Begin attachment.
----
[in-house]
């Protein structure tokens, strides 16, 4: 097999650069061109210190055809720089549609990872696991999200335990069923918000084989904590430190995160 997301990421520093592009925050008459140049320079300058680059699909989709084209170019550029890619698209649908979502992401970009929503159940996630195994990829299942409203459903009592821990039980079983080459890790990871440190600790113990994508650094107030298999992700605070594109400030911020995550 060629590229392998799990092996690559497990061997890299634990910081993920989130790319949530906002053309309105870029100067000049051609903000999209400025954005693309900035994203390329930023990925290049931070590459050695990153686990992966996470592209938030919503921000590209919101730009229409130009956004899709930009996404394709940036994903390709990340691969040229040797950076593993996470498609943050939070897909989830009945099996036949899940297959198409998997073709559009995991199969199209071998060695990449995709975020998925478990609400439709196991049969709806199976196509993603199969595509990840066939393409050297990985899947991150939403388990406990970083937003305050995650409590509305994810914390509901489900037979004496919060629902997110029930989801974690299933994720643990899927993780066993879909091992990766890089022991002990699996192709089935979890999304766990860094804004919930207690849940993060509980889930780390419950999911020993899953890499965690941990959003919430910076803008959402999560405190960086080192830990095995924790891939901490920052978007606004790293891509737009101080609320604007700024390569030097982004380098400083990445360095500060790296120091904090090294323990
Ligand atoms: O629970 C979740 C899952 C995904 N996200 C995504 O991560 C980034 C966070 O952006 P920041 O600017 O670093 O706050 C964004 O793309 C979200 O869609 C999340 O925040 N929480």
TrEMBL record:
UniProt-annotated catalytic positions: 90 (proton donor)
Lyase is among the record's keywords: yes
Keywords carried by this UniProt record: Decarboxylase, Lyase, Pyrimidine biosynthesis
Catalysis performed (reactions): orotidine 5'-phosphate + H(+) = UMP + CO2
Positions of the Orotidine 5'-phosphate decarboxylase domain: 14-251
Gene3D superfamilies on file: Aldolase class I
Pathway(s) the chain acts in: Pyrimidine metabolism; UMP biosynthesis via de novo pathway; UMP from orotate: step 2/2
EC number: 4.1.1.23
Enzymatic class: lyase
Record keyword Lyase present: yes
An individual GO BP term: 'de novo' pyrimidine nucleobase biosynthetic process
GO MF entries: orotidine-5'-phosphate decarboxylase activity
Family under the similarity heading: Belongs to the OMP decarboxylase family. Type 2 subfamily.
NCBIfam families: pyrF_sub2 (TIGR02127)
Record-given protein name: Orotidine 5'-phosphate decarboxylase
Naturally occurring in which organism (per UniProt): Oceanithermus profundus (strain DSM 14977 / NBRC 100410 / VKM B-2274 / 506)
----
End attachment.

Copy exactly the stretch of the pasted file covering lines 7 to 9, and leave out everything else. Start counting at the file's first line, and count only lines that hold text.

Keywords carried by this UniProt record: Decarboxylase, Lyase, Pyrimidine biosynthesis
Catalysis performed (reactions): orotidine 5'-phosphate + H(+) = UMP + CO2
Positions of the Orotidine 5'-phosphate decarboxylase domain: 14-251